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Live 5 News Investigates: School Bus Safety - How districts monitor speeding

Source: Raycom Source: Raycom
CHARLESTON, SC (WCSC) -

School Bus drivers in South Carolina covered 82.2 million miles of routes last year, all while carrying precious cargo: children going back and forth to school.

The National Highway Traffic Safety Administration says buses are the safest form of transportation for children getting to school. The NHTSA reports kids are seventy times more likely to get to school safely on a bus instead of in a car.

But a Chattanooga, Tennessee accident last year is making Lowcountry school officials pause and think about whether they’re doing everything they can to get kids to school safely every day.

“Fortunately, hasn’t happened here, and I hope it doesn’t. We do a good job of briefing our drivers and making them aware of what they should do and how to do it in a safe manner,” said Paul Cobbs, Director of Transportation for Dorchester District 4. “After the accident, we had in-service meetings and reiterated safety with drivers.”

As part of a three-part bus safety series, we took a closer look at how districts monitor school bus speeds and locations.

Our first story highlighted more than 400 school bus crash reports and analyzed who was causing the wrecks.

With a statewide shortage of school bus drivers, some districts are having to double up routes and shift around drivers.

Colleton County Schools Interim Director of Transportation Terry Dingle’s philosophy is that kids can’t learn if they can’t get to school. But, he says, you can’t put too much pressure on drivers.

“I want to ensure all drivers understand, yes, we want to get the kids there in a timely manner. But we want them there safely. So speeding is not acceptable. Taking shortcuts is not acceptable. They have routes assigned to them, and they are to follow those routes to a tee,” Dingle said.

Many districts use cameras and tracking technology on buses. Dingle showed us Colleton’s system and how easy it is to pull up a bus’s cameras to review. They use it to investigate complaints and do spot checks to make sure drivers are doing proper safety pre-checks, taking assigned routes and obeying speed limits. The system has a GPS map overlay to review speed and location of a bus at any given time.

“Later on when I investigate it, I get statements. But boy, when I’m able to pull this up and see the actual footage? It fills in the gaps,” Dingle said.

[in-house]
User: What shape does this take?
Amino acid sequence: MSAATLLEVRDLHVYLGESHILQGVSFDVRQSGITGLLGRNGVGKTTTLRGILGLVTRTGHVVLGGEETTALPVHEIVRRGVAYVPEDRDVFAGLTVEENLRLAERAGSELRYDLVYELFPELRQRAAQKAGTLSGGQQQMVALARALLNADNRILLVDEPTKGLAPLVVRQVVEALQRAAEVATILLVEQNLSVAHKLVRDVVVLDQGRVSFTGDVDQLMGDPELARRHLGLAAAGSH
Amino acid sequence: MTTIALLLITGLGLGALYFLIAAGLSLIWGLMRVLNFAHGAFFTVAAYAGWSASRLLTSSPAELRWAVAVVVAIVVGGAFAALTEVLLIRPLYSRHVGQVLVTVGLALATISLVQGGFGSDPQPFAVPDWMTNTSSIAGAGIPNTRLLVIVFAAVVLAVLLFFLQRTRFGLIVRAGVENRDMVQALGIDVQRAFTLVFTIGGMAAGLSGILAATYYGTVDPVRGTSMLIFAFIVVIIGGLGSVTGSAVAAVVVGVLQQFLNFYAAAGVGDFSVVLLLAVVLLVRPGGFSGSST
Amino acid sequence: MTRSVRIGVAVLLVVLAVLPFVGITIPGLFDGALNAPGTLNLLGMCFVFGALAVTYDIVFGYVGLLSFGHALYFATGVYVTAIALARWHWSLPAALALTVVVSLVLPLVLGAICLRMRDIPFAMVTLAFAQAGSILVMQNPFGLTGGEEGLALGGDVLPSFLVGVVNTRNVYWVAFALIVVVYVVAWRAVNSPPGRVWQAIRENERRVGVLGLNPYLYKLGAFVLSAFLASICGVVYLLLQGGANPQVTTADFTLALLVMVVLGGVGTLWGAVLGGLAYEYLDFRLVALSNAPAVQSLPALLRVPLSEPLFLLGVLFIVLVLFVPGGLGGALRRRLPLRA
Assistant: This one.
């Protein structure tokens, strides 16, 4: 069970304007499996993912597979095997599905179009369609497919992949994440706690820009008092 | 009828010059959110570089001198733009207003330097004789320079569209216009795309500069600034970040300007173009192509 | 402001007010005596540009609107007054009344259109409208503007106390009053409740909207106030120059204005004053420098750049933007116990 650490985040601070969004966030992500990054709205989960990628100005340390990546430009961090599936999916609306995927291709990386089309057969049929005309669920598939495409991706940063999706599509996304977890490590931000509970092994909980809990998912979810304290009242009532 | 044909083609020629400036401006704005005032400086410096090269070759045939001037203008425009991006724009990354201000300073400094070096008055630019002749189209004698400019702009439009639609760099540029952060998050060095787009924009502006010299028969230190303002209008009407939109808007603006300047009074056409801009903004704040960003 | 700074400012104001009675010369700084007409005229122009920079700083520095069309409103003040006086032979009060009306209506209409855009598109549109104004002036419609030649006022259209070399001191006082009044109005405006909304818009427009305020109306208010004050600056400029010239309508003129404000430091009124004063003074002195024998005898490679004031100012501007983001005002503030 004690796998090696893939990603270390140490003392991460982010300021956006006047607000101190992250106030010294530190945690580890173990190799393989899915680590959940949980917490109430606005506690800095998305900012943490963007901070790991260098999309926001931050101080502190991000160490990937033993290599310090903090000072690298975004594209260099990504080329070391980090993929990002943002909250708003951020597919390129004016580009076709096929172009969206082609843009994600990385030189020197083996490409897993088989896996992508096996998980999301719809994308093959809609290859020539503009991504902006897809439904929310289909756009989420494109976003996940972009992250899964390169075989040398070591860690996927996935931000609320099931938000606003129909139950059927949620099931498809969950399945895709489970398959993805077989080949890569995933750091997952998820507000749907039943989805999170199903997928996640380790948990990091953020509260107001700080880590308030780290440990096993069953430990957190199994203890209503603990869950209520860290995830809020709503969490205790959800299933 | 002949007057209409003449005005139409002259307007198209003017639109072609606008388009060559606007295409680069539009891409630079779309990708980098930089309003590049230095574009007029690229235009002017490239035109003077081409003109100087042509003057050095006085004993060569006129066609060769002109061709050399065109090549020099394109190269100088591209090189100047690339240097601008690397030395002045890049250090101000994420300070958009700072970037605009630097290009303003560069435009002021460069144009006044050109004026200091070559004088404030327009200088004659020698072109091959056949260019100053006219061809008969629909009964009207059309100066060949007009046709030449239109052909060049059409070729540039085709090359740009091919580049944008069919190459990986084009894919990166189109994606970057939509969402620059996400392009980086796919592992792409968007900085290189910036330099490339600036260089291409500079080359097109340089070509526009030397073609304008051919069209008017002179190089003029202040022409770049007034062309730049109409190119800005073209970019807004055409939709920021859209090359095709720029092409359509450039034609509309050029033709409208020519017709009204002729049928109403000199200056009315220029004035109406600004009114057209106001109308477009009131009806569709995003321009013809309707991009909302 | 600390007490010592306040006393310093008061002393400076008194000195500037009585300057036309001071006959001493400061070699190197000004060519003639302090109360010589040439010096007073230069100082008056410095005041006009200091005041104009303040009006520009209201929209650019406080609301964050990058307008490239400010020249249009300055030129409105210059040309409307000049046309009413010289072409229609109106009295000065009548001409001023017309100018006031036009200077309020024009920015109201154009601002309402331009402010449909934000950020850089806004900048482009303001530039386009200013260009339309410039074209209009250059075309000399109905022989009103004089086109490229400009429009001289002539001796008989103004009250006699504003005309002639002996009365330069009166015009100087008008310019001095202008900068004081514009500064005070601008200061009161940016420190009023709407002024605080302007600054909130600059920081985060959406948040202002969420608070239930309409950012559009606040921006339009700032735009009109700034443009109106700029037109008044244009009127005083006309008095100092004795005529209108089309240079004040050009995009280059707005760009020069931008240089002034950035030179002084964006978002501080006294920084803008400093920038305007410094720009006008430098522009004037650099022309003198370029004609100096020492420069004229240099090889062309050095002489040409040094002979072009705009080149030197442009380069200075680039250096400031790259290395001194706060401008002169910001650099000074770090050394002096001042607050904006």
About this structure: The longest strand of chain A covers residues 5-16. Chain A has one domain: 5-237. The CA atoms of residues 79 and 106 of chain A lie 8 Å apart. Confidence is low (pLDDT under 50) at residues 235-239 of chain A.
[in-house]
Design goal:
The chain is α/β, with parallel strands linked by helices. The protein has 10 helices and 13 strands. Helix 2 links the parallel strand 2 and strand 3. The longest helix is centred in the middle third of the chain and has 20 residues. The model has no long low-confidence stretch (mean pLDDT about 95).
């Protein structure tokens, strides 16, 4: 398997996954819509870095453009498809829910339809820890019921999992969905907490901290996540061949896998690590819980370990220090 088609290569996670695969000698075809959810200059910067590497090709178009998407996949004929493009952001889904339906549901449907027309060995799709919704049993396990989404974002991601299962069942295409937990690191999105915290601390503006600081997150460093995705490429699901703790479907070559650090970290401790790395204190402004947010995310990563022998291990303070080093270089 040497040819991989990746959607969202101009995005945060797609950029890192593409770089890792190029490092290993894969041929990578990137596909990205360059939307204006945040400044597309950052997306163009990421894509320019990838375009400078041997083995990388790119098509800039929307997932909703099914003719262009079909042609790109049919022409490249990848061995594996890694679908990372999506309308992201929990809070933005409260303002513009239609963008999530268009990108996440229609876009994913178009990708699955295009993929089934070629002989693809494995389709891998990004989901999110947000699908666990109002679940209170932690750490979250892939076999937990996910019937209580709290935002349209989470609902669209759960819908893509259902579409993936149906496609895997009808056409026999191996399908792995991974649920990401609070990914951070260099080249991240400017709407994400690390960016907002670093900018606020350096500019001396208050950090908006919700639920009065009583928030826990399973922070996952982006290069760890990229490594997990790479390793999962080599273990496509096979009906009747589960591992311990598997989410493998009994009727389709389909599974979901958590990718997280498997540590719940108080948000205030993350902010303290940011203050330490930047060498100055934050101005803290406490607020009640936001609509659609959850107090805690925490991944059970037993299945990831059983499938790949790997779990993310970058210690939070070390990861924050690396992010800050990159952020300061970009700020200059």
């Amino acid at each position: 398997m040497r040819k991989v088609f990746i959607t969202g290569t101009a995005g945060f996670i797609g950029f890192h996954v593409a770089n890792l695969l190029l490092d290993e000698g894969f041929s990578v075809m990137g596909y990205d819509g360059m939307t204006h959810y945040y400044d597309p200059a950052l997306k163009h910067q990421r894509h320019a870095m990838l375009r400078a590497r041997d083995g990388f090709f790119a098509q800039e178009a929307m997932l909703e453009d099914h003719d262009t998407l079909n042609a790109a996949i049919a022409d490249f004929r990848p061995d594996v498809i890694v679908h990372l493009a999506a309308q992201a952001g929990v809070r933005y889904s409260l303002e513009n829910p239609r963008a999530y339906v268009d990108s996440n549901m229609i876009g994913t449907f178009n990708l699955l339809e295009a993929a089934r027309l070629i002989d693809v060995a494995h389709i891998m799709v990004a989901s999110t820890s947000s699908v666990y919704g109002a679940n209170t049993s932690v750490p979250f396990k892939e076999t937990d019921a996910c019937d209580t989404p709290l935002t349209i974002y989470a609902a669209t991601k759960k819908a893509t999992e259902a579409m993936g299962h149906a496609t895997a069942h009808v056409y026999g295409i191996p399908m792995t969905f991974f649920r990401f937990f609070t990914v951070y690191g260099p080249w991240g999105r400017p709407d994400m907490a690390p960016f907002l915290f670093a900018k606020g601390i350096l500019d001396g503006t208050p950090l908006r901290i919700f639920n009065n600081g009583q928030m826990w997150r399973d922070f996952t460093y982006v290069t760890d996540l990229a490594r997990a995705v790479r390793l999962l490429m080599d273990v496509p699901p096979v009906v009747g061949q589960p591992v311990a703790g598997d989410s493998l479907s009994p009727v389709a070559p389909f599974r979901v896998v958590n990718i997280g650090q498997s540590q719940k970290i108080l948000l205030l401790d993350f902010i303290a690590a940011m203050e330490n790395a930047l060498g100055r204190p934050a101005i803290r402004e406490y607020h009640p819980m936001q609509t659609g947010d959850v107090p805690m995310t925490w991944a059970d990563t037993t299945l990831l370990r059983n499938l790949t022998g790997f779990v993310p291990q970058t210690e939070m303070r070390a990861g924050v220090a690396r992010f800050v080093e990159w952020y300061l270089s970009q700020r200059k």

Charleston, Berkeley and Dorchester Districts 2 and 4 all have similar video systems where they can go back to check speeding and location of a school bus. Georgetown and Williamsburg School districts haven’t yet told us how they monitor speeding.

Dingle says his team also does speed checks in the field.

“We randomly pick buses and go out in our car and check them out,” he said.

Spot checks with a radar gun on about two dozen school buses in multiple counties in the Lowcountry showed all were moving at or below the speed limit.

Cobbs said in his experience, a bus can seem like it’s going a lot faster than it really is.

“A bus is not geared up like a normal car. The RPM’s are higher than regular cars, and it makes that engine sound like it’s running out of the world! But really it needs all that to pull all that weight it has.” Plus, he said, buses are big and yellow and catch your eye at any speed.

We checked with all of our local sheriff’s offices and police departments, asking if they’ve given any speeding tickets to drivers of school buses in the last three years. Most said they weren’t able to specifically search for bus driver tickets. Charleston Police can, and they have not issued any speeding tickets to school buses in three years.

DD4 bus driver Jaqueline Sanders says safety is a priority on her bus.

“That’s big responsibility, being a bus driver. You have so many kids’ lives in your hand,” Sanders said. “I feel like if there are any drivers out there who don’t love their jobs, they shouldn’t do it. These are kids. You’ve got to love them and give it your all, your best, make sure they’re safe.”

Tune in Tuesday for the next story in our school bus safety series. It explores why seat belts are not on South Carolina school buses and whether they are necessary.

If you have a complaint about a school bus you worry is speeding, please contact CCoyle@live5news.com.

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